# Cranial (head) irradiation plus spinal tap or intrathecal (IT) delivery (into the space around the spinal cord and brain) of the drug methotrexate.
# High-dose systemic and IT methotrexate, without cranial irradiation
# IT chemotherapy.
Chronic Lymphocytic Leukemia (CLL)CLL is probably incurable by present treatments. But, fortunately, a large group of CLL patients do not require therapy. Studies suggest that people with Stage A CLL (that is, individuals who have fewer than three areas of enlarged lymphoid tissue) do not benefit from early treatment. They may, in fact, suffer drawbacks because of it. Therefore, most oncologists base CLL treatment upon both the stage and symptoms of the patient. For example, in older patients (60+ years) who have low-risk early stage disease (Rai Stage 0) a conservative "watch and wait" approach may be taken. By contrast, older individuals with CLL-related complications or more advanced disease (Rai Stage III or IV) may benefit from chemotherapy and treatment with a corticosteroid (e.g., prednisone, prednisolone).Corticosteroids are first-line agents for people in whom the immune systems has been altered by CLL. CLL may cause autoimmune syndromes in which the patient's immune system attacks and destroys his or her own blood cells. When the red blood cells are affected, the condition is known as immunohemolytic anemia, characterized by decreased numbers of red blood cells, which may cause fatigue, dizziness, and shortness of breath. When the blood platelets are affected, it is called immune-mediated thrombocytopenia, in which a decreased numbers of platelets may lead to bleeding. For younger patients who are experiencing symptoms, the physician may consider early chemotherapy, plus allogeneic or autologous bone marrow transplantation (alloBMT; autoBMT). In general, the indications for treatment are:
Transformation of CLL to high-grade disease or aggressive non-Hodgkin's lymphomaIf the patient experiences blood flow problems caused by high numbers of leukemia cells in the circulation, the physician may recommend leukapheresis, also known as apheresis, to separate out white blood cells, prior to chemotherapy. Symptoms that are related to enlargement of the lymph nodes in one area or an overgrown spleen may be treated by localized, low-dose radiotherapy, or surgical management by splenectomy (removal of the spleen). But if leukemia has invaded the lymph nodes at many different sites, total body irradiation (TBI) may be needed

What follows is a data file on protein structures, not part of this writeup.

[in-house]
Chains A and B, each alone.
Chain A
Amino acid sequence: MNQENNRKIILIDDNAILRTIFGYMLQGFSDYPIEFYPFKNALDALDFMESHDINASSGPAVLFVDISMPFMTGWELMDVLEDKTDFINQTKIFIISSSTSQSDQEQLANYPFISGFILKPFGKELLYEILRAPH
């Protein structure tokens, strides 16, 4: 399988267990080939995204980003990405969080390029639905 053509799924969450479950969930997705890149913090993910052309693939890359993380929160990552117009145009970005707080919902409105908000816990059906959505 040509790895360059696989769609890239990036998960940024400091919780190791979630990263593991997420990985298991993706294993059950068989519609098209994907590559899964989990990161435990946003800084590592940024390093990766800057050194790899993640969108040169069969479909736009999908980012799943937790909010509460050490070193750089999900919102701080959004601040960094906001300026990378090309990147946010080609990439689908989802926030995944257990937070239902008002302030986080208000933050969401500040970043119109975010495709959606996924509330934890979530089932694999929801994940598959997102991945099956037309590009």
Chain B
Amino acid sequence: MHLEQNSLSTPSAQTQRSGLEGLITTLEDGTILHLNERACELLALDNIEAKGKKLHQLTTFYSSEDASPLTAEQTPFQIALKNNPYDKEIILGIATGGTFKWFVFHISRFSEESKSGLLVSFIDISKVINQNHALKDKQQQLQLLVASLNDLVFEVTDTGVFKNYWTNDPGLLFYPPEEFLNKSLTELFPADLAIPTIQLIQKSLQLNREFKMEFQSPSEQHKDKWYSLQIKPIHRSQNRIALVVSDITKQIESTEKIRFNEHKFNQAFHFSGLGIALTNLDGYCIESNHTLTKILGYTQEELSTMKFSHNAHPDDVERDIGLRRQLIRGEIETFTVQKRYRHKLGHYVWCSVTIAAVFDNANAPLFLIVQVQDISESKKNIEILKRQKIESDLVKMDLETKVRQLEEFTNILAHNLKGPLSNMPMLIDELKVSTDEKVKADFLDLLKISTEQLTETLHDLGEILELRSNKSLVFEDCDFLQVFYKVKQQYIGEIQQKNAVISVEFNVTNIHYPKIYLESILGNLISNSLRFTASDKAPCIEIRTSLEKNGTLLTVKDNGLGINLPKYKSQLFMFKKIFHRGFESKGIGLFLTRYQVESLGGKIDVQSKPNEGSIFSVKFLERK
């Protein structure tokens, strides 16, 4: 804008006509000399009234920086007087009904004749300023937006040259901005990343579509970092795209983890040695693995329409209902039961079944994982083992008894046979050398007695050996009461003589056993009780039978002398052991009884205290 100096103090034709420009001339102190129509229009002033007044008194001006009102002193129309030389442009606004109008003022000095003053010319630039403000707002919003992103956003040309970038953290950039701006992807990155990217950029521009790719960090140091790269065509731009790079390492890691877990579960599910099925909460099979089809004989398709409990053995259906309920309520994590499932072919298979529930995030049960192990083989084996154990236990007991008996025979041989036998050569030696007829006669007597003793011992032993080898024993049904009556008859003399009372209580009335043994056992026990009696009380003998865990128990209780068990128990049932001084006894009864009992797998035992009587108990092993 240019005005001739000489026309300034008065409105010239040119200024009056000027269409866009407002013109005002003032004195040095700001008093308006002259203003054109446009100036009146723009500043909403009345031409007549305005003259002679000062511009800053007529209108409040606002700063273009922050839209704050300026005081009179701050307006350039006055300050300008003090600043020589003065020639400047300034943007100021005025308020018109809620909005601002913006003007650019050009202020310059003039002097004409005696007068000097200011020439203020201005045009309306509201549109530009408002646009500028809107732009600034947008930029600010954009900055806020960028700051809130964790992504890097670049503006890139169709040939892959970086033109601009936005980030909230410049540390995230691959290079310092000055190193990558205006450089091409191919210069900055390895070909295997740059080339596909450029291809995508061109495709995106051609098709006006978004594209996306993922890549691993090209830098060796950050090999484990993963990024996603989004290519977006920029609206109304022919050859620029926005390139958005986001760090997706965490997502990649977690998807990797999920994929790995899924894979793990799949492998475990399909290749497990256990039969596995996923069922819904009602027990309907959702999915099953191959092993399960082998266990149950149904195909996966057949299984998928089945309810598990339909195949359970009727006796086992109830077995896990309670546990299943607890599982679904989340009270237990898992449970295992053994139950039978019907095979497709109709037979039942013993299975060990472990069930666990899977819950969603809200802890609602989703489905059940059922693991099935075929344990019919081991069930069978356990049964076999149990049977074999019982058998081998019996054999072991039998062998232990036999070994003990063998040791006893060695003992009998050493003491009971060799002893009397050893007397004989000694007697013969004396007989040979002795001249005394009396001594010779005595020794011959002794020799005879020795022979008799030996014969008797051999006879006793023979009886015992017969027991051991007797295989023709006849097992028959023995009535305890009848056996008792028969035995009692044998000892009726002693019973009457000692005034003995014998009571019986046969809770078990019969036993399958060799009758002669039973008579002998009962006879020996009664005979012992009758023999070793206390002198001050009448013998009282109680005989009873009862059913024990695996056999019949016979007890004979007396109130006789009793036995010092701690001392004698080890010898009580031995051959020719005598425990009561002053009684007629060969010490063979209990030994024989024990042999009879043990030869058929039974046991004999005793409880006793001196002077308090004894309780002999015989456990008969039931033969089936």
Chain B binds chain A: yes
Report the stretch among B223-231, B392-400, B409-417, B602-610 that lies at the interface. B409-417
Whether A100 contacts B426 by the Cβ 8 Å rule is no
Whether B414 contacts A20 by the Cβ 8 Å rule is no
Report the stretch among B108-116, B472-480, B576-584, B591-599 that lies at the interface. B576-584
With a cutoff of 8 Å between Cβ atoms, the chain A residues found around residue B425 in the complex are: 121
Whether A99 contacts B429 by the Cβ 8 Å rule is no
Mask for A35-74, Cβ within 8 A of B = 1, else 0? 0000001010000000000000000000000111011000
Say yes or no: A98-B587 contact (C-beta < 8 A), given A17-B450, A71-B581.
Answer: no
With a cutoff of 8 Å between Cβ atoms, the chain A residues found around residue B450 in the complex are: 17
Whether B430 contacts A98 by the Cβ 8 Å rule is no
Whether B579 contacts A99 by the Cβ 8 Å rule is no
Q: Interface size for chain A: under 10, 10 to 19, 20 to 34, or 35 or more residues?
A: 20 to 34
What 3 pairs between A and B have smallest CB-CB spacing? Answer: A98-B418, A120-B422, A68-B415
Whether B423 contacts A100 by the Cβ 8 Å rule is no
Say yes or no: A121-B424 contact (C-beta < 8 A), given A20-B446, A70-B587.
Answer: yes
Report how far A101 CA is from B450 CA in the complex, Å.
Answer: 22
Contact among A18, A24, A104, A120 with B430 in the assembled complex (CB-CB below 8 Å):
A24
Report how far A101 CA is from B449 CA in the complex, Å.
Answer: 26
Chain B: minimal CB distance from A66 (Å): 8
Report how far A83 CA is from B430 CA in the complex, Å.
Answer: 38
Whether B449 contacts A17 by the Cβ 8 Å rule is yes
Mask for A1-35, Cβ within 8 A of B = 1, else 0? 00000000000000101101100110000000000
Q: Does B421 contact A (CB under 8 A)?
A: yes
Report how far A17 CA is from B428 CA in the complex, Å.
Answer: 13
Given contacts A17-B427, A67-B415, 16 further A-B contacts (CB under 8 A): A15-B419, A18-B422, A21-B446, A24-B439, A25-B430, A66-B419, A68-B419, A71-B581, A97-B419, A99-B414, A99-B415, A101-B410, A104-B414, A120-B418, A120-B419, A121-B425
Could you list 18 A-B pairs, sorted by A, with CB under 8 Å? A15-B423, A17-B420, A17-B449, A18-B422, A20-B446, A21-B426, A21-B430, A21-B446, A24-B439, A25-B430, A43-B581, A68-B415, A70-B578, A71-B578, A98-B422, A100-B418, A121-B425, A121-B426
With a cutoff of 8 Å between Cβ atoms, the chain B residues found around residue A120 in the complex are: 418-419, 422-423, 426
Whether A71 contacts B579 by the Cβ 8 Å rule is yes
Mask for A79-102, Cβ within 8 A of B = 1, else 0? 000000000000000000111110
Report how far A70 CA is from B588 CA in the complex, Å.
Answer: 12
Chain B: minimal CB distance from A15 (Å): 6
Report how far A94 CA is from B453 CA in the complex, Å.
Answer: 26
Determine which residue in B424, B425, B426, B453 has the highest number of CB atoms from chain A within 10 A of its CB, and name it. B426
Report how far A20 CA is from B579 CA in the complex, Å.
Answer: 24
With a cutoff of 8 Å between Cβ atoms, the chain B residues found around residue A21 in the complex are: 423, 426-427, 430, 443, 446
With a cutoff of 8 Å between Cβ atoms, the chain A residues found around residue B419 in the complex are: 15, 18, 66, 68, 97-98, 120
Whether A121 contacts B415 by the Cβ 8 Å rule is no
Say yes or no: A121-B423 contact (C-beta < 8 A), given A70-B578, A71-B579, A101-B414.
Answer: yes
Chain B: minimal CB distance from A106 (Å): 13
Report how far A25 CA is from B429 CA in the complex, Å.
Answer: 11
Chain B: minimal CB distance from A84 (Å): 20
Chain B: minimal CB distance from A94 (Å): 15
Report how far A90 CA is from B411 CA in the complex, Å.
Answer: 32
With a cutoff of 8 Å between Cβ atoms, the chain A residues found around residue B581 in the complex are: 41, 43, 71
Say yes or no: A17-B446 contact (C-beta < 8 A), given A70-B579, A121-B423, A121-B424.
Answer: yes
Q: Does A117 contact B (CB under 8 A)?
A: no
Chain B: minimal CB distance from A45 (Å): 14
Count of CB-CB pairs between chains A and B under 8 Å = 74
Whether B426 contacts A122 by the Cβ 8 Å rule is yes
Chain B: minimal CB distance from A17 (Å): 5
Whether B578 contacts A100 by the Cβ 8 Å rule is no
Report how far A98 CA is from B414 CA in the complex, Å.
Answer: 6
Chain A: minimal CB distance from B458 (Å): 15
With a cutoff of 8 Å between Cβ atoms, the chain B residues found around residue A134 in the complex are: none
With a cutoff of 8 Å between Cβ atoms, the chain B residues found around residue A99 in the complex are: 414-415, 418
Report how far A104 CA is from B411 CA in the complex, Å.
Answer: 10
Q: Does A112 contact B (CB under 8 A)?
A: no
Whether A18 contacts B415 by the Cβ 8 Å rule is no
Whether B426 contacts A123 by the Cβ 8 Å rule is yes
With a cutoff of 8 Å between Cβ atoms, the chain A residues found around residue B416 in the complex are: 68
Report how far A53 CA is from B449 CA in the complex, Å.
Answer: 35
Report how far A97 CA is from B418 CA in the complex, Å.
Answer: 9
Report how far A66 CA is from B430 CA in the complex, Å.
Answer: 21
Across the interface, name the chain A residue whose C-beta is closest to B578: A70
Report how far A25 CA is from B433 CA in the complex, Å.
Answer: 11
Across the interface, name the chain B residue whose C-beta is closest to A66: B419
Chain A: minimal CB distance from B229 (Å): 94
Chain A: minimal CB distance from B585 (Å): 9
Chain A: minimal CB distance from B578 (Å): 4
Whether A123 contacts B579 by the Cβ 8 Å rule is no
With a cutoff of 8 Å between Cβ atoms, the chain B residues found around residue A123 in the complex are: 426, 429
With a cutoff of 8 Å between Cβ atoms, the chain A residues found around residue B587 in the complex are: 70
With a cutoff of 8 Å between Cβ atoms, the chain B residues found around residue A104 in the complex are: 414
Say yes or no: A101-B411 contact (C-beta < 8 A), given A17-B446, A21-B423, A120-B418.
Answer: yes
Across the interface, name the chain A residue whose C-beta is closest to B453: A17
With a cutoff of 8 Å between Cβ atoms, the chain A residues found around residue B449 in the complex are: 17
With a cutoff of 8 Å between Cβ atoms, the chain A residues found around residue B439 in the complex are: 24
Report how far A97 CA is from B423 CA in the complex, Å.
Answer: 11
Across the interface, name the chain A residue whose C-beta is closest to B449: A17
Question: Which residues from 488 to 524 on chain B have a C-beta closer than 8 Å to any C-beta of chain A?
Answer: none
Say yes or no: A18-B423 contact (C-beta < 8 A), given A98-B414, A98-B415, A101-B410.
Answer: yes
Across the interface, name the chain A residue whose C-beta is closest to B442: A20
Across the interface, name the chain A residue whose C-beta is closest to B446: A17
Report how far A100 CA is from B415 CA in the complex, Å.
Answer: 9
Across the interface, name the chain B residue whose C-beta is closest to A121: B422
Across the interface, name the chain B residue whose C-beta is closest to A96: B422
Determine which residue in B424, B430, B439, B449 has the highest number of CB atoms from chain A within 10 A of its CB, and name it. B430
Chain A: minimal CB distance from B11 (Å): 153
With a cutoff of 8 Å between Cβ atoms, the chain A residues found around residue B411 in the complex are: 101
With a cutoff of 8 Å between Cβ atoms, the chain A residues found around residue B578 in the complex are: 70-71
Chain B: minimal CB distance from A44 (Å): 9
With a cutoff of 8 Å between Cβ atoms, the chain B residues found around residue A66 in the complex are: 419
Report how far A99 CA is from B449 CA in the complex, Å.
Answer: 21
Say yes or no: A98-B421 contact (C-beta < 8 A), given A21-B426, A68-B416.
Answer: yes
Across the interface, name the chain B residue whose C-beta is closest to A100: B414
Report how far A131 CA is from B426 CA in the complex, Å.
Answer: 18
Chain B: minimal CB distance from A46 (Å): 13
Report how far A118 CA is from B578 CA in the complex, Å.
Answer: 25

Chemotherapy for CLLThe chemotherapeutic plans that are used most often for CLL are:
Hairy Cell Leukemia (HCL)Hairy cell leukemia is an incurable, indolent blood disorder in which mutated, partly matured B cells accumulate in the bone marrow. Its name is derived from the shape of the cells, which look like they are covered with short, fine, hair-shaped projections. Unlike any other leukemia, HCL is characterized by low white blood cell counts.Patients with hairy cell leukemia who are symptom-free typically do not receive immediate treatment. They engage in "watchful waiting" with routine bloodwork and exams every three to six months to monitor disease progression and identify any new symptoms.Treatment is generally considered necessary when the patient shows signs and symptoms such as low blood cell counts (e.g., infection-fighting neutrophil count below 1.0 K/ul), frequent infections, unexplained bruises, anemia, or fatigue that is significant enough to disrupt the patient's everyday life. Patients who need treatment, which includes most newly diagnosed HCL cases, usually receive either cladribine or pentostatin, which are both in a class of chemotherapeutic drugs known as purine analogs or nucleosides. In most cases, one round of treatment will produce a prolonged remission.Other treatments include rituximab infusion or self-injection with Interferon-alpha. In limited cases, the patient may benefit from splenectomy (removal of the spleen). These treatments are not typically given as the first treatment for a new patient because their success rates are lower than cladribine or pentostatin.In the short term, especially when neutrophil counts are low, an immune system hormone called granulocyte colony-stimulating factor may be taken to increase white blood cell counts. This is believed to help prevent or treat an infection. Many patients also take antibiotics until their white blood cell counts have recovered to normal levels.
Research Significant research into the causes, diagnosis, treatment, and prognosis of leukemia is being done. Hundreds of clinical trials are being planned or conducted at any given time. Studies may focus on effective means of treatment, better ways of treating the disease, improving the quality of life for patients, or appropriate care in remission or after cures.
Incidence As of 1998, it is estimated that each year, approximately 30,800 individuals will be diagnosed with leukemia in the United States and 21,700 individuals will die of the disease.Trends in leukemia incidence and survival in the United States (1973-1998)